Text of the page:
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Foot Pain: High Arches and Flat Feet

Description

An in-depth report on the causes, diagnosis, treatment, and prevention of foot pain.

Alternative Names

Bunions; Corns; Hammertoe; Plantar Fasciitis

Arch Pain

Tarsal tunnel syndrome results from compression of a nerve that runs through a narrow passage behind the inner ankle bone down to the heel. It can cause pain anywhere along the bottom of the foot. It is often associated with diabetes, back pain, or arthritis. It may also be caused by injury to the ankle or by a growth, abnormal blood vessels, or scar tissue that press against the nerve. Magnetic resonance (MR) imaging and the dorsiflexion-eversion test are being used to diagnose this syndrome.

Treatment for Tarsal Tunnel Syndrome. Pain from tarsal tunnel syndrome may be relieved by treatment with orthotics, specially designed shoe inserts, to help redistribute weight and take pressure off the nerve. Corticosteroid injections may also help. Surgery is sometimes performed, particularly if symptoms persist for more than a year, although its benefits are under some debate. Tarsal tunnel syndrome caused by known conditions, such as tumors or cysts, may respond better to surgery than when the cause is not known. Recovery from this surgery can take months before a person can resume normal activity. It should only be performed by experienced surgeons.

Flat Feet

Flat feet, or pes planus, are a defect of the foot that eliminates the arch. The condition is most often inherited. Arches, however, can also fall in adulthood, in which case the condition is sometimes referred to as posterior tibial tendon dysfunction (PTTD). This occurs most often in women over 50 but it can occur in anyone. The following are risk factors for PTTD:

  • Wearing high heels for long periods of time is a particular risk for flat feet. In such cases, over the years, the Achilles tendon in the back of the calf shortens and tightens, so the ankle does not bend properly. The tendons and ligaments running through the arch then try to compensate. Sometimes they break down and the arch falls.
  • Some studies have indicated that the earlier one starts wearing shoes, particularly for long periods of the day, the higher the risk for flat feet later on.
  • Other conditions that can lead to flat feet or PTTD include obesity, diabetes, surgery, injury, rheumatoid arthritis, or use of corticosteroids.

Some research suggests that flat feet in adults can, over time, actually exert abnormal pressure on the ankle joint that can cause damage. One indirect complication of flat arches may be urinary incontinence or leakage during exercise. The less flexible the arch, the more force reaches the pelvic floor, jarring the muscles that affect urinary continence. Nevertheless, whether flat feet pose any significant problems in adults is unknown. For example, a 2002 study on athletes with flat feet indicated that they had no higher risk for leg or foot injuries than athletes with normal arches.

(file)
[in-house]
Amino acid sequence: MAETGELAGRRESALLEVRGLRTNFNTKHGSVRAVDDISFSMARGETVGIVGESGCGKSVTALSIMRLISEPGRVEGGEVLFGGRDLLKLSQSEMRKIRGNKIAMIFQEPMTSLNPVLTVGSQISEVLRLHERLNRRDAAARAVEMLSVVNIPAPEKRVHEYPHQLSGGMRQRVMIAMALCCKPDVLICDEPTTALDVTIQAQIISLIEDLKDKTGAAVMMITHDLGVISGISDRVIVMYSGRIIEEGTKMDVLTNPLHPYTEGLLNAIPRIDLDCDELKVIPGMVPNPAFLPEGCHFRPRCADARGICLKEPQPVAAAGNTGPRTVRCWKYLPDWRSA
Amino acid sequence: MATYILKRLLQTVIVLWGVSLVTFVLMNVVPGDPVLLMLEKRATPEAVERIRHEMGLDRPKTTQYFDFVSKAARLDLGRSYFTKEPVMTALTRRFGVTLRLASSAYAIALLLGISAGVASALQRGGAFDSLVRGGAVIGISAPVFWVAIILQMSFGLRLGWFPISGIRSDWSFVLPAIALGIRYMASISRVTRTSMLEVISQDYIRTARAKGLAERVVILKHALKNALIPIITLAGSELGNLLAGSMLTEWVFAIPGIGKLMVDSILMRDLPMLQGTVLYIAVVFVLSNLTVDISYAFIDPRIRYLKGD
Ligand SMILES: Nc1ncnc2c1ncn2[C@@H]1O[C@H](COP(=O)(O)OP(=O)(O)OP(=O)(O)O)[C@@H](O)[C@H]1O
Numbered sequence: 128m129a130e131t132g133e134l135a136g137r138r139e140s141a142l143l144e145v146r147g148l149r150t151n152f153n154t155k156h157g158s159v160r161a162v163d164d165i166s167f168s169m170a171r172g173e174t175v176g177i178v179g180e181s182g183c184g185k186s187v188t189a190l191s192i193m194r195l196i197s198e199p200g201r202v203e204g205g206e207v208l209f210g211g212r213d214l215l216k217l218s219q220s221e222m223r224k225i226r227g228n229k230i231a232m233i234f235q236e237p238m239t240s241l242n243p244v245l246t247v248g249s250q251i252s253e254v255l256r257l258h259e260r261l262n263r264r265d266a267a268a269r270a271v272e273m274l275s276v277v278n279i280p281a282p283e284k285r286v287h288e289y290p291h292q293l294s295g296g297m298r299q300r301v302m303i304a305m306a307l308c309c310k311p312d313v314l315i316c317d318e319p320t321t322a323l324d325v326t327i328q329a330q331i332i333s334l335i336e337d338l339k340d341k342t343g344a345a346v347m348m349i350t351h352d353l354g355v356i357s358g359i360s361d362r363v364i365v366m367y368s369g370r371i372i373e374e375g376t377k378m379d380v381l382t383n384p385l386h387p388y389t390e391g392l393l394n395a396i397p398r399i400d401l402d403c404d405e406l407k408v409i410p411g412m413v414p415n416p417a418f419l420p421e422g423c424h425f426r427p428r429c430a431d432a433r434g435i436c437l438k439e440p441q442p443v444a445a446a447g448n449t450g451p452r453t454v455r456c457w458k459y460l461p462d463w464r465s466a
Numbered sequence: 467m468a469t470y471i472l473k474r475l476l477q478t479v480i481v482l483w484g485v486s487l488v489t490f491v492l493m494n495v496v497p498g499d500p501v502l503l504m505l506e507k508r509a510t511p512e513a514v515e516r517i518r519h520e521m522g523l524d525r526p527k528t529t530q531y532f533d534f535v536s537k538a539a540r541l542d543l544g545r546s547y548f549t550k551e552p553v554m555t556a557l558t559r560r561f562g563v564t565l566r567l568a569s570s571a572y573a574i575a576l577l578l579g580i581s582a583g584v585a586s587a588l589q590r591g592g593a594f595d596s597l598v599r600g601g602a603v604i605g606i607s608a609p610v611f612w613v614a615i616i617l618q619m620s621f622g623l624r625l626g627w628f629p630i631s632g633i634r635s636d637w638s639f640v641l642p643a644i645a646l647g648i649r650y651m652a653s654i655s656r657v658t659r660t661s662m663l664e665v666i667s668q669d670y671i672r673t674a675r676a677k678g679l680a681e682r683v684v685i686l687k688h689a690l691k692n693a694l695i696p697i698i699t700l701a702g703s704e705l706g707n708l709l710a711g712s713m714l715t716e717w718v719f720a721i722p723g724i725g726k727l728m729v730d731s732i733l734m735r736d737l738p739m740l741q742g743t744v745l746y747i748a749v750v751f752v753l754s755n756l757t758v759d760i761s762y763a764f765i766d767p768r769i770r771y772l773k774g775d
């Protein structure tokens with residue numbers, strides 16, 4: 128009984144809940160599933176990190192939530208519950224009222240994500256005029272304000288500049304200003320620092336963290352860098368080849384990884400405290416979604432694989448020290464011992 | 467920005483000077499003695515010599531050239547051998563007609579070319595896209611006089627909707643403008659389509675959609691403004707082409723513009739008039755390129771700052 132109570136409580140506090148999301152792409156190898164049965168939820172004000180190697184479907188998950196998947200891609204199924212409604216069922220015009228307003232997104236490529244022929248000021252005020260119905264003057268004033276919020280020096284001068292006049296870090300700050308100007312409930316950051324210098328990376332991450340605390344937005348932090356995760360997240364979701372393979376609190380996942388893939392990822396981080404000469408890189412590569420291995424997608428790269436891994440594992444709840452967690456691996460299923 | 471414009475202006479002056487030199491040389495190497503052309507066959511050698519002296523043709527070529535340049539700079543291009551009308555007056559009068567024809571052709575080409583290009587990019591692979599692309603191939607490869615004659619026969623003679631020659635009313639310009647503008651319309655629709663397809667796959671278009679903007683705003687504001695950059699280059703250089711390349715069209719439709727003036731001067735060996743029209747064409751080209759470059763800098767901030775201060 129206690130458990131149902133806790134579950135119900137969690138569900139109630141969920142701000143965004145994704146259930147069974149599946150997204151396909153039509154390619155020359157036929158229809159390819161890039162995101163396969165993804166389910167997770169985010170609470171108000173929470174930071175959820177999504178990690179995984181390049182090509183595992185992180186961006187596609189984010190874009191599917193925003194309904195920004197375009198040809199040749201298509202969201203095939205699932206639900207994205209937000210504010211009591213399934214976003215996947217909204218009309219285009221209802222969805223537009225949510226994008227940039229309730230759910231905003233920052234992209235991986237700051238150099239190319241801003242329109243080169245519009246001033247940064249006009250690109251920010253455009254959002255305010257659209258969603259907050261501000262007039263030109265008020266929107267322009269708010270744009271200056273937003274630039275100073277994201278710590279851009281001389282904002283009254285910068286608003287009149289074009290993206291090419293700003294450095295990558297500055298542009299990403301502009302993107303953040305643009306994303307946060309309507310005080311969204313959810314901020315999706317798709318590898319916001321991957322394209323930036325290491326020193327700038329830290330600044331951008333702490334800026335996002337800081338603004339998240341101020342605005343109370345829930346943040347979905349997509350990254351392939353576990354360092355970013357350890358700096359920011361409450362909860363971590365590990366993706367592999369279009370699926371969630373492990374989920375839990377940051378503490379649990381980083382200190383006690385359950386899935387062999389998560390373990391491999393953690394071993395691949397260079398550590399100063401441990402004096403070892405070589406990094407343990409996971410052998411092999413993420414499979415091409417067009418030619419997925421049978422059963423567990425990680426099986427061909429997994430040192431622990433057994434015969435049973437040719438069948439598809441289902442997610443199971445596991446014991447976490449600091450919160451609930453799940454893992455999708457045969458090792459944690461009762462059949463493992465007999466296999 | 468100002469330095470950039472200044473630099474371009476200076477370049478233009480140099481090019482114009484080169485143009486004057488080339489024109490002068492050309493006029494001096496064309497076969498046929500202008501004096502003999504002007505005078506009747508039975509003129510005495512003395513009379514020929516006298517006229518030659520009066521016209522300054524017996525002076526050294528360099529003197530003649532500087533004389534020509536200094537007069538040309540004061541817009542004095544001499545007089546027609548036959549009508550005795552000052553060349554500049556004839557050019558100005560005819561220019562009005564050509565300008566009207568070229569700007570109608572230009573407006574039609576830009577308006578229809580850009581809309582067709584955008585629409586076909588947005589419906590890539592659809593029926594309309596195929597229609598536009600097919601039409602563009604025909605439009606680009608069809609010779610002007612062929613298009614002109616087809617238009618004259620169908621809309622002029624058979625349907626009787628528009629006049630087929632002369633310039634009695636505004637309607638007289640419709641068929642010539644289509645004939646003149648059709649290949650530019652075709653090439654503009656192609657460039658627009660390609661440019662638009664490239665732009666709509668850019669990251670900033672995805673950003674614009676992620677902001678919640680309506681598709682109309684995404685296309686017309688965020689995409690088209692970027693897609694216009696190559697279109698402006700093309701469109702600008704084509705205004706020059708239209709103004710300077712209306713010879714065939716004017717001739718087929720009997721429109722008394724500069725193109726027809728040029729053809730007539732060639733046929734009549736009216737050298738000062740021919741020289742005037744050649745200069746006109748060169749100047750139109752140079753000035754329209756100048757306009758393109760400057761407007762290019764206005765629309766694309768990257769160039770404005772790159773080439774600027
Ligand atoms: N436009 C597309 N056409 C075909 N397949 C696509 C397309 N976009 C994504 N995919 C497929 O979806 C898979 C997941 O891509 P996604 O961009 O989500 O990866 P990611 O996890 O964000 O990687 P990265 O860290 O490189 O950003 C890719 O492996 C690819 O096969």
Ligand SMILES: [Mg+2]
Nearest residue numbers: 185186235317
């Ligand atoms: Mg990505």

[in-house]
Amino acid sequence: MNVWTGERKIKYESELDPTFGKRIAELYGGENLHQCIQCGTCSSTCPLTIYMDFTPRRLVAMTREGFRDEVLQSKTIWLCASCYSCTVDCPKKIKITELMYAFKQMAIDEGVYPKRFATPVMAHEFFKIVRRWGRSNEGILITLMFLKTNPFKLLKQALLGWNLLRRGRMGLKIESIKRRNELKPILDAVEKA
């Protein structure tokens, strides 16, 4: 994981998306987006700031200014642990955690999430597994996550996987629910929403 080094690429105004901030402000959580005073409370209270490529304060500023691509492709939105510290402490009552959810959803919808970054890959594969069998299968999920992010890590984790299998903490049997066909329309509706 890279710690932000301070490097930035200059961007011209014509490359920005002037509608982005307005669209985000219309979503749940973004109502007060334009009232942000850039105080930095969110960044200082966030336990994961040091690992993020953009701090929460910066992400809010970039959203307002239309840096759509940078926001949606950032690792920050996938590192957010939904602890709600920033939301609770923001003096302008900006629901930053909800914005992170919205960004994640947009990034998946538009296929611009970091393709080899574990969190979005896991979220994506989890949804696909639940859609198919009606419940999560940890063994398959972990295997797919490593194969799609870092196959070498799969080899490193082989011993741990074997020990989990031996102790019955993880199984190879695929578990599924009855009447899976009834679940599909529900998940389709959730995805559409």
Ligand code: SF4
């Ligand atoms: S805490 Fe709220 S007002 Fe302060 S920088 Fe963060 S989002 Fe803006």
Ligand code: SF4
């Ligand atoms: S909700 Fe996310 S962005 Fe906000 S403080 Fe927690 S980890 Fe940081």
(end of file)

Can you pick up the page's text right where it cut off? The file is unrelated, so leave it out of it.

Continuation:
Treatment for Flat Feet in Children. Children with flat feet often outgrow them, particularly tall, slender children with flexible joints. One expert suggests that if an arch forms when the child stands on tip-toes, then the child will probably outgrow the condition.

Treatment for Flat Feet in Adults. In general, conservative treatment for flat feet acquired in adulthood (posterior tibial tendon dysfunction) involves pain relief and insoles or custom-made orthotics to support the foot and prevent progression.

In severe cases, surgery may be required to correct the foot posture, usually with procedures called osteotomies or arthrodesis, which typically lengthen the Achilles tendon and adjusting tendons in the foot. One procedure uses an implant to support the arch. These procedures have potential complications and conservative methods should be tried first.

Abnormally High Arches

An overly-high arch (hollow foot) can cause problems. Army studies have found that recruits with the highest arches have the most lower-limb injuries and that flat-footed recruits have the least. Contrary to the general impression, the hollow foot is much more common than the flat foot.

Clawfoot, or pes cavus, is a deformity of the foot marked by very high arches and very long toes. Clawfoot is a hereditary condition, but can also occur when muscles in the foot contract or become unbalanced due to nerve or muscle disorders.

Flat Feet and High Arches: Claw foot
Claw toe is a deformity of the foot in which the toes are pointed down and the arch is high, making the foot appear claw-like. Claw toe can be a condition from birth or develop as a consequence from other disorders.
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